If you loved the movie, you’ll love the book it’s as simple as that. I put off reading it after I bought it cause it was kind of thick and I was worried I wouldn’t have time to read it. I will say I’m glad I waited until the summer because I was able to finish it rather quickly. I do believe that if at all possible, The Princess Bride should be read without interruption. Not to say that you need to read it in one sitting, but you should not get sidetracked and stop in the middle to read something else (which is a bad habit that I have).
Now I mentioned Buttercup’s Baby earlier. Buttercup’s Baby is the sequel to The Princess Bride. It tells what happens to Buttercup, Westley, Fezzik, and Inigo after the events of The Princess Bride, as well as (and you may have already guessed it from the title) Buttercup and Westley’s child. It’s not the whole book, just the first chapter, there’s a lot of “editor’s notes” surrounding this, in fact there’s an entire explanation section before Buttercup’s Baby begins. About why there’s only one chapter and the hopes that Goldman will be able to finish the book at some point.
All in all, it’s wonderful and clever and definitely a must read. Particularly if you’ve already seen the movie.
A thrilling conclusion to a thrilling series. Emma, Jacob and peculiar dog Addison, are the only three peculiars of the original group that haven’t been captured, and now they must free their friends and keep Caul (the mastermind who’s been behind all this from the very start) from completing his abominable plans.
The trio winds up in the worst of worst loops, Devil’s Acre. And must navigate their way through it with the help of Sharon, a tour boat driver. (A delightful play on Charon the guardian of the river Styx). Jacob is finally beginning to realize the extent of his peculiar abilities, which is to control hollowgasts, not just to see them, but even with that their plans hits dead end after dead end. And allies turn out not to be such good allies after all. Victory is only gained at the very last moment.
I should say I’ve had a few issues with the heavily romance driven element of the book from the very beginning, but that’s mostly because I am tired and bitter about heterosexual romances. That being said, it’s very well written and I am very pleased with how it wrapped up. The acknowledgement between Emma and Jacob that their relationship as it was probably wasn’t going to last but friends was a thing they could do. Then at the end of the book they got the chance to be able to take their relationship slower, Jacob was like “hey let’s go that route instead, might be better.” This had me enjoying the relationship by the end of this book more than I had during the previous books.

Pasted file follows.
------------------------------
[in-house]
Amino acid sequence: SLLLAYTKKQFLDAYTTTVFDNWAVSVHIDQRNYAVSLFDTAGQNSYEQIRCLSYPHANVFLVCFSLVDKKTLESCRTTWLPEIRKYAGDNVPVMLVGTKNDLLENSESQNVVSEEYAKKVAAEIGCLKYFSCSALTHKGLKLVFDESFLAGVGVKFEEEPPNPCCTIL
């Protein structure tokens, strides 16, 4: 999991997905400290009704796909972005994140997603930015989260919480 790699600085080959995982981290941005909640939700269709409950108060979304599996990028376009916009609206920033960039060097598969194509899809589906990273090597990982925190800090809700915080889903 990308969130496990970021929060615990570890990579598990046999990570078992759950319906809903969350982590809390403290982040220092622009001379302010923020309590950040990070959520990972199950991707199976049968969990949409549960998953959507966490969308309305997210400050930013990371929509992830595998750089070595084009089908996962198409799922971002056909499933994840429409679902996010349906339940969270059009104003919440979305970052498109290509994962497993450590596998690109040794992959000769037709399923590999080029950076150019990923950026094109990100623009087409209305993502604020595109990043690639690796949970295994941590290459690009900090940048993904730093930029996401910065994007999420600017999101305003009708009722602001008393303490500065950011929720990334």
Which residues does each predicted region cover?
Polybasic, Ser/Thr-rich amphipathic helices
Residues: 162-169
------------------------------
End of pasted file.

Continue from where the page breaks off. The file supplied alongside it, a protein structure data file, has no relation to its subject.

Something that bothered me, was that we never really got proper closure about what happened to Fiona, the girl who could talk to plants. It’s brought up multiple times that she could have survived her fall off the cliff because she could control plants and could have had the trees catch her, but by the end the subject gets dropped and you never learn if anyone ever went back to look for her to confirm that theory, she’s just assumed dead. If anyone did go back to look for her, Fiona does not appear with the rest of the children when they visit Jacob at his home at the end of the book.
A few warnings. There are a few scenes where peculiars are being experimented on, it’s nothing overly explicit, but they are there.
The big warning however, comes at the very end of the book. There is a sequence where Jacob’s parents try to have him institutionalized against his will. It doesn’t actually happen, Miss Peregrine and the children show up and put a stop to that, but the whole sequence of Jacob’s parents and Jacob’s therapist trying to get Jacob institutionalized was very, very distressing for me to read.